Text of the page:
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Tuesday, May 31, 2016

"I Came All the Way To Djibouti To Talk To You About Diarrhea."

(Overheard quote from Mary Roach, author of the non-fiction book Grunt in an interview with Fresh Air's Terry Gross. Let me write that again, so you can say it in your mind a la Ms. Gross, Fresh Air.)

Once I heard that, I knew I had to write this post as a call-out to my friend, the infectious disease-specialist. And as another thank you note to Sporcle's Georgraphy tests and as an aha! because England's King Henry V died of dysentery while on military campaign.  (Dysentery is essentially horrible, bloody diarrhea, though it can come out both ends.) 

Now, King Henry V leads, via his wife, Katherine de Valois, straight into the early Tudors, which I have blogged about before, so yes, everything does ultimately connect back to everything else.  

But back to Djibouti, a smaller country located on the Upper East Side of Africa, officially established as a country in 1977. Before that, Djibouti was known as The French Territory of the Afars and the Issas, which tells you the names of the two major ethnic/tribal peoples who inhabit Djibouti. 
It appears that among the Afar, teeth-sharpening is still a thing to do, for both
men and women, but that may
only be in Ethiopia. I can't find reference to it in Djibouti
Remember that next time you want to
judge a teenager with his underpants showing.

The Issa are a sub clan of the Somali.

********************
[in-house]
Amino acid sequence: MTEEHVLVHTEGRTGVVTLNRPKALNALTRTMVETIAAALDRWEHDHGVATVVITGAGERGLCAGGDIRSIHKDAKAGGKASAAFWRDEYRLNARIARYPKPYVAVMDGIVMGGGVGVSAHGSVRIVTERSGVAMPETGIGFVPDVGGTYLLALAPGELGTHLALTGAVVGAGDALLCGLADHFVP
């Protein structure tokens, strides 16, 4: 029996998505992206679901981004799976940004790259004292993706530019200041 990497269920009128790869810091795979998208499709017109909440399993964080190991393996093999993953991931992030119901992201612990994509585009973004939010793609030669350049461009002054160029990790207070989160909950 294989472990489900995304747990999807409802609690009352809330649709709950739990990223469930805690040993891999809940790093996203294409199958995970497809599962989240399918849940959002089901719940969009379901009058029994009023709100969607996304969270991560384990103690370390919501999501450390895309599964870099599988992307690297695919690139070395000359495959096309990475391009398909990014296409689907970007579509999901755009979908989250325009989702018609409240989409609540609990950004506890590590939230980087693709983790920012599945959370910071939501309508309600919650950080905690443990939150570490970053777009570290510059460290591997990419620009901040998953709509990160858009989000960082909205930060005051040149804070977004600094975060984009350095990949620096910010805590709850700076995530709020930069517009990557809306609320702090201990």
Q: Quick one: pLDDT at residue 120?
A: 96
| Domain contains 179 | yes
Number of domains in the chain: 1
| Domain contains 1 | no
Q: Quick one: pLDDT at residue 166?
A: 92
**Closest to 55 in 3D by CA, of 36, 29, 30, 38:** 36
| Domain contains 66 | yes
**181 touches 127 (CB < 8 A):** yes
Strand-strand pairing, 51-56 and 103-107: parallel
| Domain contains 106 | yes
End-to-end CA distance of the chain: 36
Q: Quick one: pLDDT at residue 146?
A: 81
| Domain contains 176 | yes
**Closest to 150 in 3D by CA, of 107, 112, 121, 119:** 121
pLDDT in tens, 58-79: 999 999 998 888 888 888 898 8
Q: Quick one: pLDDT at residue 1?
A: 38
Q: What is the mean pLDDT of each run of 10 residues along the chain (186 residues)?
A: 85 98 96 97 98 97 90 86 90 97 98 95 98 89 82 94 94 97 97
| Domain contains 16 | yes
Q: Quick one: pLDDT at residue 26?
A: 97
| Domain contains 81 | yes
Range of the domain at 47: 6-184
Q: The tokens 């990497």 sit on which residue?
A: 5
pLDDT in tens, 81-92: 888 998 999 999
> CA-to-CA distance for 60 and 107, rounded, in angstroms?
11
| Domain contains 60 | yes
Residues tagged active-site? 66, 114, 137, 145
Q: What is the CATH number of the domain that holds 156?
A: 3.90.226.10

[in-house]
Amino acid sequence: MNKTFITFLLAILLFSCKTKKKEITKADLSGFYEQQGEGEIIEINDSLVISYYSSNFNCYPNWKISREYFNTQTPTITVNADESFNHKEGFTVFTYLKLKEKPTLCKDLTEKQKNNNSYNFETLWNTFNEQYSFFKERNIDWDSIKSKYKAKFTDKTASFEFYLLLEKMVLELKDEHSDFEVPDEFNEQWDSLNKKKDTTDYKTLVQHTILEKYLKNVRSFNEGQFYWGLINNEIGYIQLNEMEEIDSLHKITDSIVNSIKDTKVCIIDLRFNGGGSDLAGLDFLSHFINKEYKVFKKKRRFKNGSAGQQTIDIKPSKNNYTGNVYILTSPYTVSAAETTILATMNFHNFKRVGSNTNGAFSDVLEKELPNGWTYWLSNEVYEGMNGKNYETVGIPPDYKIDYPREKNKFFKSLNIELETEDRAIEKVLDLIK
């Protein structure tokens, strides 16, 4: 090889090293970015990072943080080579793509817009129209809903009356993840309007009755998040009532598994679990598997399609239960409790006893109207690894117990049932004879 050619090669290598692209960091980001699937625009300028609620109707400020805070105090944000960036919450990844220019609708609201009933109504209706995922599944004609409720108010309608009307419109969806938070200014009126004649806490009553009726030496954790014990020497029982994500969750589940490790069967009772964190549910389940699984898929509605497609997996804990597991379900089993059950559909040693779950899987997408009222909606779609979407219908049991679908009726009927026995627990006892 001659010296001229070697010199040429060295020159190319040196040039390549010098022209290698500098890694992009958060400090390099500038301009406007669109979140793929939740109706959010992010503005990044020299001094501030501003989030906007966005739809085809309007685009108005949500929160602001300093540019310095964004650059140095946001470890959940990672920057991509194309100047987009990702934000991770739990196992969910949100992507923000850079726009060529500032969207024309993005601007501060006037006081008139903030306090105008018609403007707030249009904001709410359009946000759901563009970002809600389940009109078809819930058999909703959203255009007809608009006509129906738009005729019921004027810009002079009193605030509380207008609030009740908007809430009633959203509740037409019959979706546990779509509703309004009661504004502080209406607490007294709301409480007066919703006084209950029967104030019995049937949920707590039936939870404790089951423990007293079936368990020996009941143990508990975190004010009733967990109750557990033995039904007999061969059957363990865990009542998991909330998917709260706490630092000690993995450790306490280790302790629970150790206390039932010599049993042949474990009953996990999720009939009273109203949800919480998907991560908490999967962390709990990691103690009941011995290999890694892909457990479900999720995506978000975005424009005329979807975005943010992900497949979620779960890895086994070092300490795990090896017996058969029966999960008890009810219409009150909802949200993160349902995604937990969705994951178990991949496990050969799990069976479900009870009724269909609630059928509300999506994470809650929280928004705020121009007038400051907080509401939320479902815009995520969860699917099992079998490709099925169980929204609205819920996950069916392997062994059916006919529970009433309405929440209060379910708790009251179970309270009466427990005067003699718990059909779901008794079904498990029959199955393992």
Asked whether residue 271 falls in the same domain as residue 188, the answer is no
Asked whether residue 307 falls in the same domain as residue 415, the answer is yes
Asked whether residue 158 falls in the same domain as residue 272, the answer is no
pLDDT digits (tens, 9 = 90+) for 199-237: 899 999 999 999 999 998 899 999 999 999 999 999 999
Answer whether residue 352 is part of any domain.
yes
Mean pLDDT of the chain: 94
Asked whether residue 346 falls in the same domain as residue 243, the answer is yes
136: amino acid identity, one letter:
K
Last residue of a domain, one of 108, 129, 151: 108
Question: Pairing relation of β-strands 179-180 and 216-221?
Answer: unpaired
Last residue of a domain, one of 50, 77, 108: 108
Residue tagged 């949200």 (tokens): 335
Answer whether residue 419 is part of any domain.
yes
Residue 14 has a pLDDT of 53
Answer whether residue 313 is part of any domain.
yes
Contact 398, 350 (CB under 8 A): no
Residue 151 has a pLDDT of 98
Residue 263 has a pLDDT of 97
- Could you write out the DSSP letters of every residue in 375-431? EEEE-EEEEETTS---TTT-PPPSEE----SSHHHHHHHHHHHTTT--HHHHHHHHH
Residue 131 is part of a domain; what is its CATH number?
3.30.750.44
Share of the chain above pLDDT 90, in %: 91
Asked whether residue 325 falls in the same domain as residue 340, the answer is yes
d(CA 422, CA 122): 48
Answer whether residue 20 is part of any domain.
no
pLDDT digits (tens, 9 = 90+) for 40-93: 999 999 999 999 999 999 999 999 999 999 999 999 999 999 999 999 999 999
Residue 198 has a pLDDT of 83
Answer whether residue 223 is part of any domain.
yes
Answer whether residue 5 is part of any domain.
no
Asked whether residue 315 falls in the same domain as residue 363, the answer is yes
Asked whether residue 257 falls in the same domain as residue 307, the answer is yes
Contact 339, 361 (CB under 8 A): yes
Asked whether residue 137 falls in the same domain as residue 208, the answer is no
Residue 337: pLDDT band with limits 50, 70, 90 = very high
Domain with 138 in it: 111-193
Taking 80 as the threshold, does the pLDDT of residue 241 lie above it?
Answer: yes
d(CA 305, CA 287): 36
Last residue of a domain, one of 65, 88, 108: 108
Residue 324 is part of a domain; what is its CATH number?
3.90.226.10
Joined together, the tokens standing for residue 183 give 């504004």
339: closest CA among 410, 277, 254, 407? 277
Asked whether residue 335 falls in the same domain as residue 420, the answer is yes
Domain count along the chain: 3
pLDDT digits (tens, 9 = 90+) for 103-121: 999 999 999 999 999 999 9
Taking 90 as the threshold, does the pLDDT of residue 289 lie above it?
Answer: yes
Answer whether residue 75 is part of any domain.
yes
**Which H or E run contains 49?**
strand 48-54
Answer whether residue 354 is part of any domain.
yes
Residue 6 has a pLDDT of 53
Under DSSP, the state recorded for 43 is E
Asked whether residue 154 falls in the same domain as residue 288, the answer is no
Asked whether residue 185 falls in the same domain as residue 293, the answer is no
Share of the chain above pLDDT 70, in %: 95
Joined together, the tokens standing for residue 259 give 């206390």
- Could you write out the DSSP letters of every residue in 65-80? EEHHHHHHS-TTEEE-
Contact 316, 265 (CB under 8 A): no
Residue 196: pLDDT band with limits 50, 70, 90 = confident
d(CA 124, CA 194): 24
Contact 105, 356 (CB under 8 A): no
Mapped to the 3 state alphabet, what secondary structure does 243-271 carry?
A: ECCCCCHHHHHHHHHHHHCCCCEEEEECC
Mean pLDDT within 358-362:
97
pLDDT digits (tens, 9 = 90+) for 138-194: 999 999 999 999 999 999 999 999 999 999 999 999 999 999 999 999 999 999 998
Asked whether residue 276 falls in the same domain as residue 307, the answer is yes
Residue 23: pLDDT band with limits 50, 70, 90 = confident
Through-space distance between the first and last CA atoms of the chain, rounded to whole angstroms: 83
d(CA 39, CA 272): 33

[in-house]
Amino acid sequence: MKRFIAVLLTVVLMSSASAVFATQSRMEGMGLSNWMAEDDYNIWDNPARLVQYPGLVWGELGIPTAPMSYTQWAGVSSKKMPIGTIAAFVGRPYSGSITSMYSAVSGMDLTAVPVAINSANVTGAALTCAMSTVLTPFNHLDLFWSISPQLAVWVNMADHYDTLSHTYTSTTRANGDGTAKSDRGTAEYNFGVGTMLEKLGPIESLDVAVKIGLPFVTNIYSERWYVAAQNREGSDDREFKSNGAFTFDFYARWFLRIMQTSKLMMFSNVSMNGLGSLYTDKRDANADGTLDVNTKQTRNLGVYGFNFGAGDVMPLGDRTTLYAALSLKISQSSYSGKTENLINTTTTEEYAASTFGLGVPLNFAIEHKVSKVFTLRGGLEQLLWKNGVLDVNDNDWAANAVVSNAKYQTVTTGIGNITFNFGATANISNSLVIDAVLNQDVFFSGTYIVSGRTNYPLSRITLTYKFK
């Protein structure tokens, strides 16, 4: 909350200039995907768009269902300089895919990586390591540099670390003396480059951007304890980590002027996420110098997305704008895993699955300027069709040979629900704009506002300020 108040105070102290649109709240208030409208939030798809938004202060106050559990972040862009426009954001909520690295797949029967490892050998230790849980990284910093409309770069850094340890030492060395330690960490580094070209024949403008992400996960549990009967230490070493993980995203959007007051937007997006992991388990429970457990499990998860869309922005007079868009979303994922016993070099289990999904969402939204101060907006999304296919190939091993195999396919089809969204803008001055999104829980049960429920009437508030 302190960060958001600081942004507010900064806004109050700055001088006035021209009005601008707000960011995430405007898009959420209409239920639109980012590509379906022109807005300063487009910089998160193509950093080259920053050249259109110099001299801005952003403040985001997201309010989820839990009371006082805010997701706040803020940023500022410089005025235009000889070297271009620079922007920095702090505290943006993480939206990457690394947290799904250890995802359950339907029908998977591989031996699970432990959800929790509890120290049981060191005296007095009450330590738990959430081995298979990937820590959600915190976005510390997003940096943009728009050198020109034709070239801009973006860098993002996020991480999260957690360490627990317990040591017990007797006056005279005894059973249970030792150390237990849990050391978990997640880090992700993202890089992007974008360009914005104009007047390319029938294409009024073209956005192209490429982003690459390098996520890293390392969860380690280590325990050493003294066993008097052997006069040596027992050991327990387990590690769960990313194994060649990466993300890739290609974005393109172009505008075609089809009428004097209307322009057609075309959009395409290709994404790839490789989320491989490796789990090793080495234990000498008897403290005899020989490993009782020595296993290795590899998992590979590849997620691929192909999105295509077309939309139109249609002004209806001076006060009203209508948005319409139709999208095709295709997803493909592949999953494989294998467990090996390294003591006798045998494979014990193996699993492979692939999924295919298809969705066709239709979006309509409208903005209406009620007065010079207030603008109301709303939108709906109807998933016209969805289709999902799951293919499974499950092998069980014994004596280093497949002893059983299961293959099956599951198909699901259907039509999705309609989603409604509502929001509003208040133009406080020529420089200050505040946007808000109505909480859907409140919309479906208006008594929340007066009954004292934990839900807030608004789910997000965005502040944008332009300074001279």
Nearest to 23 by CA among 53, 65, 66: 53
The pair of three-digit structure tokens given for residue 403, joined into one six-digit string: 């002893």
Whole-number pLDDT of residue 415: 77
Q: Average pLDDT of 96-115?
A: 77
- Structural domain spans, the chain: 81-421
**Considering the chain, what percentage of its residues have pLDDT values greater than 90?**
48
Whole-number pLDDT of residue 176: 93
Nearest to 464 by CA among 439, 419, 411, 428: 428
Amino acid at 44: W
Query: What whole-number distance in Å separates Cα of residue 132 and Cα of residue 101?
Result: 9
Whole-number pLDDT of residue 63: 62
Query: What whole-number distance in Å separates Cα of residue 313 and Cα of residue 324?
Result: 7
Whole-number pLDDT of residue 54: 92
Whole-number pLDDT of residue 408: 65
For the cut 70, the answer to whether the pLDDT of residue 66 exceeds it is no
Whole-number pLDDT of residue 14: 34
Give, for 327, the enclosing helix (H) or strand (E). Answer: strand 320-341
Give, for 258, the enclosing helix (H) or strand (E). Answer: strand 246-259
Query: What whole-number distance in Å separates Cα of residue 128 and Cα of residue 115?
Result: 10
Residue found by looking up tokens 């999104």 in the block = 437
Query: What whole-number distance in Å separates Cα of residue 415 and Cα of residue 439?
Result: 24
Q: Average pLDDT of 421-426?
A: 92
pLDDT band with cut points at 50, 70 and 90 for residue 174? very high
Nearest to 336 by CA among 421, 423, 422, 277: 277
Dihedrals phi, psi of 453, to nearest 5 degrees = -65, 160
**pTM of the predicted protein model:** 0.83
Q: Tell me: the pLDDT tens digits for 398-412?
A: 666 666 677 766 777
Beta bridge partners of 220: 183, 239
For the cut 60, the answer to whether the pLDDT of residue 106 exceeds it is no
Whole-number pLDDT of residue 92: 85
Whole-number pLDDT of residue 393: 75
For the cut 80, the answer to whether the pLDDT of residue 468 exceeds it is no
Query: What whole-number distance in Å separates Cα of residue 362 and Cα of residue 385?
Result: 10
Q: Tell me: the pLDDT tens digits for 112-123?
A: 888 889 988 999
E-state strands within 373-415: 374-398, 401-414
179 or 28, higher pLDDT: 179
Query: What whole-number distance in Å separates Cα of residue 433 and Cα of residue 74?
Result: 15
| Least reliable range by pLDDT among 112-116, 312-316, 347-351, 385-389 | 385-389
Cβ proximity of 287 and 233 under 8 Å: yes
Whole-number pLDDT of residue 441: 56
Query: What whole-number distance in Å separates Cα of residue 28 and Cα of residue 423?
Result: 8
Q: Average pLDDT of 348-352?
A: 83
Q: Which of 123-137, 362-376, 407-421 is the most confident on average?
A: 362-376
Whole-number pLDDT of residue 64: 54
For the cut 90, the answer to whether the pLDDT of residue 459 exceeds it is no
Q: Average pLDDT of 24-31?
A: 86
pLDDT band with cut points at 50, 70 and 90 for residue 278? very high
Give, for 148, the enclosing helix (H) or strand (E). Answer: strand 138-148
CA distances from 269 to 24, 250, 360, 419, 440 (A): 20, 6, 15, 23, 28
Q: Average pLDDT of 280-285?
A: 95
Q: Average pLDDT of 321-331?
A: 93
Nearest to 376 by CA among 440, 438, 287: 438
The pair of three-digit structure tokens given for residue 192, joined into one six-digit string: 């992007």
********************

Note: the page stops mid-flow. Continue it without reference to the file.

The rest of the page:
Djibouti's current leader is of the Somali ethnicity. The minority party walked out of the last two elections, stating they weren't fair. Still, when you compare it to nearby Somalia and Yemen, across the Gulf of Aden, so since Djibouti's Civil War ended in the 1990's, it is considered relatively stable. (I am basing this on people I have met from Djibouti, not from the Internet. 

As such, Djibouti serves as a base for military operations for nearby  Somalia and Yemen, the former a failed state and the latter on the verge of failure. 

Hence this reporter who had to travel to Djibouti to talk to a Special Services guy about Diarrhea for research on the Science of the Military, particularly of the kind of Science that helps people get, stay and be returned to health. 

Her book sounds both disgusting and fascinating, much like my friend's experiences--she's soon heading off to Kenya, or Uganda, or Rwanda, (they keep switching locations,) to teach good practices for infectious disease control. And oh, I wish I could stow myself away in her suitcase and have that adventure with her. Yes, I know, lecturing is hardly an adventure, but still. . .

So, pull out your maps and look up Djibouti, and your assignment for tomorrow is to research and write a report about either the Afars or the Issas, or a paper on the languages spoken in Djibouti, and please diagram the accents created by colonization. 

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